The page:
"Foul, a thousand times foul!" Sabaoth snarled, his face contorted with rage. "Olórin! How did he—" he clenched his fist and fell silent, seething at his ornate desk.
It made a twisted sense. If anyone saw through his disguise, it would be … him. But it was too soon, ah, far too soon!
No. All will be well. There is a limit to his power. But the untwisted strength of the Maia was something unmeasured; never had Olórin walked the world, openly displaying his Power. And Power he did indeed have! But I too have Power. There is still hope. If it is of a measure!
I should crush him now, pluck his wings as Curunír did ere the War of the Ring. But I must do it more thoroughly, that they may not grow back! Was it possible? Could he truly match the strength of an Istar blessed by the Valar – curse them, curse them! – and overcome—?
Was there even a choice, in the end? Sabaoth rubbed his brow in thought. When had Olórin seen through his guise? How much had he spoken of with the Elves? If the Elves knew, then what? Did it change anything? Did it change everything? Ah, I do not see! He felt blind and his words felt aimless now, thrown out to no purpose.
The phone on his desk beeped and with a silent snarl Sabaoth snatched it up. "What?"
"Sabaoth, this is Colin," said the voice on the other end. "We need to discuss PR."
Instantly Sabaoth melted into his usual self-confident guise. "Whatever for? We seem to have done all right thus far."
"Turn your television to channel four, Sab," suggested the Secretary, and with a frown Sabaoth obeyed – and was confronted with his own stormy face, snapping at an innocent member of the press named Mr. J. Greyhem. "That's been playing all day."
"Ah." There was nothing more to say on the matter, at least not on the phone. Curse you, Olórin! "Shall I come up?" It was much easier to assuage people in person, when one's tongue could smooth out the problems and one's eyes could draw the listener into the curtains. But damage had been done that could not be undone; his tongue had been curbed; he would not be in the public eye again, at least for some time.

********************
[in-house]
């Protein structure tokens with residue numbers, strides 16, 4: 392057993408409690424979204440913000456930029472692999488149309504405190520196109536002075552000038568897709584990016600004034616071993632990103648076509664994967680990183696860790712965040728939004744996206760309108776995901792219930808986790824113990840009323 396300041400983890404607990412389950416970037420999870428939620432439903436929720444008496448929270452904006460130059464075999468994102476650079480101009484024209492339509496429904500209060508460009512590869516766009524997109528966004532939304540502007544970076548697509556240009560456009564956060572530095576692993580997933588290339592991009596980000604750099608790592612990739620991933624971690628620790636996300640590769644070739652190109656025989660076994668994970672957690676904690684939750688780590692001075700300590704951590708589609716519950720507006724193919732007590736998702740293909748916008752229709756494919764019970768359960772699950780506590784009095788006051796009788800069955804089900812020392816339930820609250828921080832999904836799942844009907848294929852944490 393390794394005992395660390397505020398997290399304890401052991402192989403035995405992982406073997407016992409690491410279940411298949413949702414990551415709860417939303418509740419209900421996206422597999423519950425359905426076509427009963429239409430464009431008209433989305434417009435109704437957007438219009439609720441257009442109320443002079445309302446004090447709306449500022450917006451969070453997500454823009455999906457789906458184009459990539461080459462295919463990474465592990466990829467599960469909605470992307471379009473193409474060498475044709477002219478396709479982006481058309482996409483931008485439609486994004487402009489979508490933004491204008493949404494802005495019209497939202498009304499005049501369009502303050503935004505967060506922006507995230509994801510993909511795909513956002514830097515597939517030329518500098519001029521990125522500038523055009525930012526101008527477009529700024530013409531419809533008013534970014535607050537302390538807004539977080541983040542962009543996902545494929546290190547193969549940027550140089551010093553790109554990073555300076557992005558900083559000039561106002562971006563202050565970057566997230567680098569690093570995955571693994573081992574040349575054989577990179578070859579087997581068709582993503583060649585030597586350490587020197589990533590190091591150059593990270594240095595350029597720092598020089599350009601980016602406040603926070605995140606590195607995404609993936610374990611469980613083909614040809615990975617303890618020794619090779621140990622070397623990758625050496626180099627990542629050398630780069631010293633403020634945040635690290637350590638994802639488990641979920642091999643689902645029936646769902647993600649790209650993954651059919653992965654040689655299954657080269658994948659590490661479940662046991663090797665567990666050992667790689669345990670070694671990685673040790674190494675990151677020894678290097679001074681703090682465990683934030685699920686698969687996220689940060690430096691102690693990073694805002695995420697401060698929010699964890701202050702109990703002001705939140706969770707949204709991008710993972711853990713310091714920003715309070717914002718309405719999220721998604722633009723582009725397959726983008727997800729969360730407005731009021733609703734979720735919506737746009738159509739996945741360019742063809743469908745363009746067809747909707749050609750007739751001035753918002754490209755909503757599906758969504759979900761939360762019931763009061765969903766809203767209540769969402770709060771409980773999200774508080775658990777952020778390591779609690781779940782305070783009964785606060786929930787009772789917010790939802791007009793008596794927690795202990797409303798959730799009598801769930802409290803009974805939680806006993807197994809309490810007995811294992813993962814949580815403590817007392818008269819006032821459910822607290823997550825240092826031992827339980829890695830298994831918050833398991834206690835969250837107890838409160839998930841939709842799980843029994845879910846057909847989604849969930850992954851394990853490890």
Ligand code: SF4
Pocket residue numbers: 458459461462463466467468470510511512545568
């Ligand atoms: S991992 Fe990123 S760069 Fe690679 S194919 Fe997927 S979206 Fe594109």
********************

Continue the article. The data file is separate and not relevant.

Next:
"Please do." Click.
Sabaoth laid the phone back in the cradle with deceptive calm, then cursed again in the Black Tongue. Ah, Olórin, you have taken my rook, you have put my king in check, and all with but a simple question! But this game is not over, and it is now my turn. And you, my friend, have lost the advantage of surprise!
* * *
~~Two days later~~
"I cannot believe this!" Glorfindel lifted his outstretched palm towards the television and looked appropriately affronted. "Molan. He leaves me behind to issue a challenge to Sabaoth Molan."
"Nay, there is more to it," Elrond reasoned from the doorway. "You see how Molan has fueled the fire of fear between Iraq and America. The media played nothing but this footage for a day, Glorfindel – and thus Molan has since been appropriately silenced, his motives put in question."
Glorfindel shook his head, ejecting the tape of the day-old newscast and sighing. He had arrived at Elrond's home late the night before, and promptly been ushered off to bed. Now it was morning and breakfast approached quickly, and the house was coming to life, but before they sat to eat Elrond had bid Glorfindel see the bit of footage in which Olórin's voice could be heard.
"So they have," agreed the golden-haired Elf after a short silence, "but … surely he had a grander plan. A greater reason." He paused, thoughtful. "It is not hard to sway the media to an anti-war stance. Therefore, is it not strange that as long as Molan has spoken, the newsmen have stood by him? They ask him no challenging questions, for they are a business, in the end, of entertainment, and fear is entertaining to the masses! But even more so is controversy, and yet they stir up none …" he lifted his bright gaze to Elrond. "See you what I strike at? What is it that makes Molan somehow special?"
Elrond had drawn his long brown hair back into a low ponytail, and he now ran his fingers through the loose hairs. "There is no telling, but you make a good point." He looked up. "Ah, Legolas."
Glorfindel followed Lord Elrond's gaze to the Elf now coming down the stairs, whose flaxen hair was also pulled into a low ponytail. If the Wood-Elf had just woken up, there was no sign – he was already dressed and alert, fully awake upon the moment of awakening just as Elves always were. His gaze alighted on Elrond and he bowed with a manner that suggested casual ease, no longer stiff and formal as he had been but two days before. "Good morning, Lord Elrond –" he began to straighten, his head coming up, then suddenly bent again. "Lord Glorfindel."
"Good morning," Glorfindel rose to his feet gracefully as he greeted the younger Elf. "It has been some years since we last met! How fares you?"
Legolas had straightened and a smile flickered across his features. "As well as may be expected in these times, Lord Glorfindel. And you?"
Legolas did not smile easily, for he was a naturally reserved Elf save in the presence of Elladan and Elrohir – perhaps the only immortals in all the world who were nearly of an age with Legolas. Something was up. Glorfindel shot a suspicious look at Elrond, but if the former Lord of Imladris noticed, he gave no sign. "I am well," he said cautiously.
"That is good," Legolas then said, his mouth twitching again. "I had feared your anger with Olórin would drive you to homicide."
Glorfindel blanched. "Has Lord Elrond been telling tales again?" he inquired, drawing a chuckle from Elrond as the Lord made an inconspicuous, elegant exit.